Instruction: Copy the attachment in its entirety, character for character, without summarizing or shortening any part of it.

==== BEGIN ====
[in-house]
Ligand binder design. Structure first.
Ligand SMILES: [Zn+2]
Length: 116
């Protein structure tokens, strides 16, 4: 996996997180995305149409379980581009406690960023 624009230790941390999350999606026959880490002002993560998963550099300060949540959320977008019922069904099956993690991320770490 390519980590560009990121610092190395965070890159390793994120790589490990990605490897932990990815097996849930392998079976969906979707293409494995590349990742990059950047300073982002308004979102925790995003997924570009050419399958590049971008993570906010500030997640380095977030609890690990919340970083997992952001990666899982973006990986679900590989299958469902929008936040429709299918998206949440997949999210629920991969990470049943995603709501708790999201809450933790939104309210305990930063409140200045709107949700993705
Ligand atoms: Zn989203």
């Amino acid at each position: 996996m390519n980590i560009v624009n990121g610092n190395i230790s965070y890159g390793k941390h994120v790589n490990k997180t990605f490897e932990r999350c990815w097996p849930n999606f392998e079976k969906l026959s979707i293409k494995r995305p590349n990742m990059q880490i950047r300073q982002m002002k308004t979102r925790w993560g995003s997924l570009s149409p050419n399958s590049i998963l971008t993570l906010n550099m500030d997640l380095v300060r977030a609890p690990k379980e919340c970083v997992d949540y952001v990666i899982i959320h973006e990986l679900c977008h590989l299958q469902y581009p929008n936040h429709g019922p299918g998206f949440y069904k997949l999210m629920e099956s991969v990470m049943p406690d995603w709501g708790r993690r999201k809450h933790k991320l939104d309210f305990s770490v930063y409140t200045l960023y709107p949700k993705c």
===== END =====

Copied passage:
[in-house]
Ligand binder design. Structure first.
Ligand SMILES: [Zn+2]
Length: 116
């Protein structure tokens, strides 16, 4: 996996997180995305149409379980581009406690960023 624009230790941390999350999606026959880490002002993560998963550099300060949540959320977008019922069904099956993690991320770490 390519980590560009990121610092190395965070890159390793994120790589490990990605490897932990990815097996849930392998079976969906979707293409494995590349990742990059950047300073982002308004979102925790995003997924570009050419399958590049971008993570906010500030997640380095977030609890690990919340970083997992952001990666899982973006990986679900590989299958469902929008936040429709299918998206949440997949999210629920991969990470049943995603709501708790999201809450933790939104309210305990930063409140200045709107949700993705
Ligand atoms: Zn989203």
């Amino acid at each position: 996996m390519n980590i560009v624009n990121g610092n190395i230790s965070y890159g390793k941390h994120v790589n490990k997180t990605f490897e932990r999350c990815w097996p849930n999606f392998e079976k969906l026959s979707i293409k494995r995305p590349n990742m990059q880490i950047r300073q982002m002002k308004t979102r925790w993560g995003s997924l570009s149409p050419n399958s590049i998963l971008t993570l906010n550099m500030d997640l380095v300060r977030a609890p690990k379980e919340c970083v997992d949540y952001v990666i899982i959320h973006e990986l679900c977008h590989l299958q469902y581009p929008n936040h429709g019922p299918g998206f949440y069904k997949l999210m629920e099956s991969v990470m049943p406690d995603w709501g708790r993690r999201k809450h933790k991320l939104d309210f305990s770490v930063y409140t200045l960023y709107p949700k993705c």